190. Bernard Williams: Ako sa nedať zotročiť morálkou
Morálka sa často chápe ako systém hodnôt, pravidiel a princípov, ktoré, ak sú správne nastavené, nám má pomôcť viesť dobrý život. Samozrejme, morálok existujú rôzne druhy, ale predpoklad je ten, že----more---- ak si vyberieme ako celá spoločnosť tú správnu, potom sa nám bude žiť dobre. A v tomto bode prichádza na scénu britský filozof Bernard Williams a do týchto pokojných vôd nášho morálneho jazierka hádže dosť veľký kameň. O Williamsovi som už hovoril v 99. dávke a v závere ju pripomeniem, ako skvelé pokračovanie ten dnešnej, ktorá bude kritická práve voči morálke: voči morálke ako morálnemu systému. Čo nám Williams ponúka je návod, ako sa morálkou nenechať zotročiť a ako vysvetlím už o chvíľu, sám ju prirovnáva k systému otrokárstva. Prečítajte si túto dávku aj ako článok na SME. Súvisiace dávky: PD#176: Nietzsche o troch premenách, https://bit.ly/davka176 PD#163: Mrav, etika a morálka, https://bit.ly/davka163 PD#99: Williams o integrite, https://bit.ly/davka99 PD#18: Emotivizmus,https://bit.ly/davka18 Použitá a odporúčaná literatúra: Bernard Williams, Ethics and the Limits of Philosophy (1985), London: Fontana. Sophie-Grace Chappell a Nicholas Smyth, “Bernard Williams”, The Stanford Encyclopedia of Philosophy (2018), https://stanford.io/2X9imSc Bernard Williams, Utilitarianism: For and Against(1973), with J.J.C. Smart, Cambridge: Cambridge University Press. Bryan Magee in conversation with Bernard Williams on Linguistic Philosophy (BBC, 1977), https://bit.ly/2N5I09G Bryan Magee in conversation with Bernard Williams on Descartes (BBC, 1987), https://bit.ly/3jtkobj Paul Russell, „Bernard Williams: Ethics from a human point of view“ (2018), TLC, https://bit.ly/2O8ss1A Margaret Shea discusses Bernard Williams' “A Critique of Utilitarianism”, https://bit.ly/2YX6moH *** Staň sa našim patrónom/kou 👉 patreon.com/pravidelnadavka alebo nás podpor jednorazovo 👉 www.pravidelnadavka.sk / ďakujeme ❤️
Love (Part 2): How to Love in Such a Way to Satisfy Both Your Wife and Kant and perhaps Bernard Williams Too
On The Very Idea - A Philosophy Podcast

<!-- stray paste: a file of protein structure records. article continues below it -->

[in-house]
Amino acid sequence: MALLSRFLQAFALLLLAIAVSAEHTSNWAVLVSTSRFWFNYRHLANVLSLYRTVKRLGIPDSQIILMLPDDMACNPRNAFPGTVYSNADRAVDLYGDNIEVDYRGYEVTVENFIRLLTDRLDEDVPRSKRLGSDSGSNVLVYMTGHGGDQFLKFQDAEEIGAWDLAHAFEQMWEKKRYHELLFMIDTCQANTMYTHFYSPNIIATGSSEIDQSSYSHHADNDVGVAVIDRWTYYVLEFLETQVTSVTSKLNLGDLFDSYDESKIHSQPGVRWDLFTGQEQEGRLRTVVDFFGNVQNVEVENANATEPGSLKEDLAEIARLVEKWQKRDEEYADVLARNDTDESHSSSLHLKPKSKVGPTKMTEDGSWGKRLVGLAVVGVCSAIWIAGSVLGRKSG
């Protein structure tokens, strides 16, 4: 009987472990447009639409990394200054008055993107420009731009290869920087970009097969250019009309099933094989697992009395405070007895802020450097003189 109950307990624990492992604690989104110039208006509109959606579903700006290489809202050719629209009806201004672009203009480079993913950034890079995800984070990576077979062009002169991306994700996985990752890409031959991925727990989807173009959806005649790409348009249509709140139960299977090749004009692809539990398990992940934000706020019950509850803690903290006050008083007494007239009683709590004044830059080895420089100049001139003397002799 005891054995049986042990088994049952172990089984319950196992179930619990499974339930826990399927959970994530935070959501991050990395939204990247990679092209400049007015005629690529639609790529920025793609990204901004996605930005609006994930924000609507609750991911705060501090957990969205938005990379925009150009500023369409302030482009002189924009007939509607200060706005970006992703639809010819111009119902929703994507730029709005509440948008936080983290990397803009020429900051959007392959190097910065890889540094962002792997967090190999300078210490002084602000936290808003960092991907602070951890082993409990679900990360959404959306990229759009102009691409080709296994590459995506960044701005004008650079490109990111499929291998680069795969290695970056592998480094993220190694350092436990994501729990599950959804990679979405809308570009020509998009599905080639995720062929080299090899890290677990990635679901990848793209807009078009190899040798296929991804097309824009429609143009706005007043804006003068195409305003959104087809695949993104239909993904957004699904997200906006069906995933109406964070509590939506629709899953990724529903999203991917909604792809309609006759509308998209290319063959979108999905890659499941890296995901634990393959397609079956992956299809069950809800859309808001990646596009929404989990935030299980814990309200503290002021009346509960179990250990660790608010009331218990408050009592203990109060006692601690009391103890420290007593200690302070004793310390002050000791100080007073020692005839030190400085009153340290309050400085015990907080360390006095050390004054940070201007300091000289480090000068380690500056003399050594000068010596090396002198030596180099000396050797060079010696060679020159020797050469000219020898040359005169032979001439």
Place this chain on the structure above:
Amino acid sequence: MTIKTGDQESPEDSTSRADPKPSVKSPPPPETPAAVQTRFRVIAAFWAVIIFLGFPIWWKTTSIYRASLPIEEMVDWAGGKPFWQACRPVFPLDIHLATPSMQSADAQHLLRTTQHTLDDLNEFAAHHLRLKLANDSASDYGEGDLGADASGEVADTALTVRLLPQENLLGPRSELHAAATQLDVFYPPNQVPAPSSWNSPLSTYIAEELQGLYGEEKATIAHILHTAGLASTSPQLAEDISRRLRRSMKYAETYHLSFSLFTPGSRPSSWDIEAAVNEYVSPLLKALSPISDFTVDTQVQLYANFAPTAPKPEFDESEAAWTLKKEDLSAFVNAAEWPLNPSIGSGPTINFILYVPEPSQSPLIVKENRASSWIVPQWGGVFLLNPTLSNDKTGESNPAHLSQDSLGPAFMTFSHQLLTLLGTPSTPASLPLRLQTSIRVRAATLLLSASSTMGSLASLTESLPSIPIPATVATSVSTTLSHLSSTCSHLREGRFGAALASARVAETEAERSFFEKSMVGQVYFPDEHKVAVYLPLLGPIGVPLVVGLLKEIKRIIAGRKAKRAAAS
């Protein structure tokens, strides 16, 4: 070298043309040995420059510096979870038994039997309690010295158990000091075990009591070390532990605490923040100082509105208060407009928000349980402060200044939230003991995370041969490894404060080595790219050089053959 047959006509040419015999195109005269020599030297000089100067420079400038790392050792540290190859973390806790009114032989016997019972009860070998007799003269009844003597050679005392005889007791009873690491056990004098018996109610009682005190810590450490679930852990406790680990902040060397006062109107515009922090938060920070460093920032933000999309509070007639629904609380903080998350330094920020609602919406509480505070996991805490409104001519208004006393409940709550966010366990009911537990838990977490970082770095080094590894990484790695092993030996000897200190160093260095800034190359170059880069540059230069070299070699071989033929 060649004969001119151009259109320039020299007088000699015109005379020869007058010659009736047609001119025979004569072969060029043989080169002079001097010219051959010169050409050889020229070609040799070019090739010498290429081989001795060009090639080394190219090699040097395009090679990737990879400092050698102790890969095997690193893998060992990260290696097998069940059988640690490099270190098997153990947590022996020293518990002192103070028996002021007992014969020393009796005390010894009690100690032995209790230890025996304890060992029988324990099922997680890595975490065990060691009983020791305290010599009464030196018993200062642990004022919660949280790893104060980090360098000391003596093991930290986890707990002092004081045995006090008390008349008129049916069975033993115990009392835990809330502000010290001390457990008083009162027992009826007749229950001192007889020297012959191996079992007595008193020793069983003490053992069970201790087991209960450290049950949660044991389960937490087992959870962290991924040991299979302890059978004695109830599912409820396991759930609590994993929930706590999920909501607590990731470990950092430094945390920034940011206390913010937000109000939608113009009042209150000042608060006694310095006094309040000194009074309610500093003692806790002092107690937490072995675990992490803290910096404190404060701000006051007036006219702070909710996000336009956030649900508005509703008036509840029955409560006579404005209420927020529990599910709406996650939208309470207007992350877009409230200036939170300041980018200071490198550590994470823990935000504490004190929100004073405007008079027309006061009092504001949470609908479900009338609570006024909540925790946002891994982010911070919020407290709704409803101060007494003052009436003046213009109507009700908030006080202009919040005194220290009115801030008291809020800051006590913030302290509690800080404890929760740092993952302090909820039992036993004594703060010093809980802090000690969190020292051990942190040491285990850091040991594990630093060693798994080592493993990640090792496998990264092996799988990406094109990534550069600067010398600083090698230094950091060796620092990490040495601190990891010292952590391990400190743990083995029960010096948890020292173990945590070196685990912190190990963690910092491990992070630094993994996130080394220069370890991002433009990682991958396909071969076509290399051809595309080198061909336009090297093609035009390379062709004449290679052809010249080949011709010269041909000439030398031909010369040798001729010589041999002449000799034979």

In this final part of a two part series on love, I look at a thought experiment by Bernard Williams in which he explores how a Kantian might react when explaining his motivation of why he should save his wife over others in a hypothetical drowning situation. Williams says such an explanation would leave the wife feeling quite cold and unloved. J David Velleman offers a reinterpretation of Kant that allows him to give him a more sweeter, tender explanation to his wife for choosing to save her all the while still fitting tightly into the Kantian framework. Basically, Velleman provides a Kantian construal of love that fits within his rational framework. I think its quite nice.
Where are they now "Monaco 16/17" and Bernard Williams "The Man who won Ligue 1 and also fought in a world war"
The Back Four Podcast
In this weeks episode we had a look back on the Monaco team that won the Ligue 1 title in 2016/2017 In Part Two we then had a look at Bernard Williams an Irishman who won the french league title twice and the scored in a french cup final for Sochaux in a win over StrasbourgIntro: 00:00-06:05Part One: 06:06-54:05Part Two: 54:06-1:02:28Please give us feedback and feel free to give us recommendations of what you want us to talk about. Social Media Pages!!Facebook: The Back Four PodcastInstagram: The Back Four PodcastTwitter: @thebackfourpod2Host: FiachraFiachratz (Instagram)@fiachrat (Twitter)Lewislewis_barlow96 (Instagram)@thelewisbarlow (Twitter)Seanseanmooney3 (Instagram)Zaczacpoostchi (Instagram)
Episode 78, Moral Luck (Part I - Bernard Williams)